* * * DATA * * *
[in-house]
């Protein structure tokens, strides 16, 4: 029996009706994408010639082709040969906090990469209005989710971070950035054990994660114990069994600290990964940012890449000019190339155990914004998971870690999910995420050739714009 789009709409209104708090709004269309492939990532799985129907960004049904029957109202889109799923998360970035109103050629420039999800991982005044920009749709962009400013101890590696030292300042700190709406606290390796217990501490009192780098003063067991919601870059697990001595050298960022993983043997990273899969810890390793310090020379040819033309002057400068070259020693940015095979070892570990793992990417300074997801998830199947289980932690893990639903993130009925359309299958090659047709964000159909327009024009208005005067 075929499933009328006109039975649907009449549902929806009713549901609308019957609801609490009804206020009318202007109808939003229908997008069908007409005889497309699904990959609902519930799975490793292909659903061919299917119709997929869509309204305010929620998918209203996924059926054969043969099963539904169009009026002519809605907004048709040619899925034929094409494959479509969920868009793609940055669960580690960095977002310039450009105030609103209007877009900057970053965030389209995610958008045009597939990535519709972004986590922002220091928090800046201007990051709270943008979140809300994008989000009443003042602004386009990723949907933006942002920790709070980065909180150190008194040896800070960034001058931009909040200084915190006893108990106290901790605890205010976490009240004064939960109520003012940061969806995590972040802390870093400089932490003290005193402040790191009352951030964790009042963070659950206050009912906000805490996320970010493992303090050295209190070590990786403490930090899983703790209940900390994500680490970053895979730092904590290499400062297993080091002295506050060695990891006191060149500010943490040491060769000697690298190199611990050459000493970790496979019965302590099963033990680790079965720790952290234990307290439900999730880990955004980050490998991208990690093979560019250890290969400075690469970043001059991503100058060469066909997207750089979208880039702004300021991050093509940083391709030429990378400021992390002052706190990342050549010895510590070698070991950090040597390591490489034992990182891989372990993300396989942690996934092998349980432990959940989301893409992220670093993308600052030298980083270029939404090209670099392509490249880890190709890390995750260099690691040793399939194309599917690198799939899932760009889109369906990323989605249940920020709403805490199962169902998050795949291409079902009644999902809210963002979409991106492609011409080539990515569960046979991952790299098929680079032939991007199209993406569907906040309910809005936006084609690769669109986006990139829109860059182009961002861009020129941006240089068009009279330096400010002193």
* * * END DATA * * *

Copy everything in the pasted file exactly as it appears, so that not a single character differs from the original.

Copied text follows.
[in-house]
């Protein structure tokens, strides 16, 4: 029996009706994408010639082709040969906090990469209005989710971070950035054990994660114990069994600290990964940012890449000019190339155990914004998971870690999910995420050739714009 789009709409209104708090709004269309492939990532799985129907960004049904029957109202889109799923998360970035109103050629420039999800991982005044920009749709962009400013101890590696030292300042700190709406606290390796217990501490009192780098003063067991919601870059697990001595050298960022993983043997990273899969810890390793310090020379040819033309002057400068070259020693940015095979070892570990793992990417300074997801998830199947289980932690893990639903993130009925359309299958090659047709964000159909327009024009208005005067 075929499933009328006109039975649907009449549902929806009713549901609308019957609801609490009804206020009318202007109808939003229908997008069908007409005889497309699904990959609902519930799975490793292909659903061919299917119709997929869509309204305010929620998918209203996924059926054969043969099963539904169009009026002519809605907004048709040619899925034929094409494959479509969920868009793609940055669960580690960095977002310039450009105030609103209007877009900057970053965030389209995610958008045009597939990535519709972004986590922002220091928090800046201007990051709270943008979140809300994008989000009443003042602004386009990723949907933006942002920790709070980065909180150190008194040896800070960034001058931009909040200084915190006893108990106290901790605890205010976490009240004064939960109520003012940061969806995590972040802390870093400089932490003290005193402040790191009352951030964790009042963070659950206050009912906000805490996320970010493992303090050295209190070590990786403490930090899983703790209940900390994500680490970053895979730092904590290499400062297993080091002295506050060695990891006191060149500010943490040491060769000697690298190199611990050459000493970790496979019965302590099963033990680790079965720790952290234990307290439900999730880990955004980050490998991208990690093979560019250890290969400075690469970043001059991503100058060469066909997207750089979208880039702004300021991050093509940083391709030429990378400021992390002052706190990342050549010895510590070698070991950090040597390591490489034992990182891989372990993300396989942690996934092998349980432990959940989301893409992220670093993308600052030298980083270029939404090209670099392509490249880890190709890390995750260099690691040793399939194309599917690198799939899932760009889109369906990323989605249940920020709403805490199962169902998050795949291409079902009644999902809210963002979409991106492609011409080539990515569960046979991952790299098929680079032939991007199209993406569907906040309910809005936006084609690769669109986006990139829109860059182009961002861009020129941006240089068009009279330096400010002193």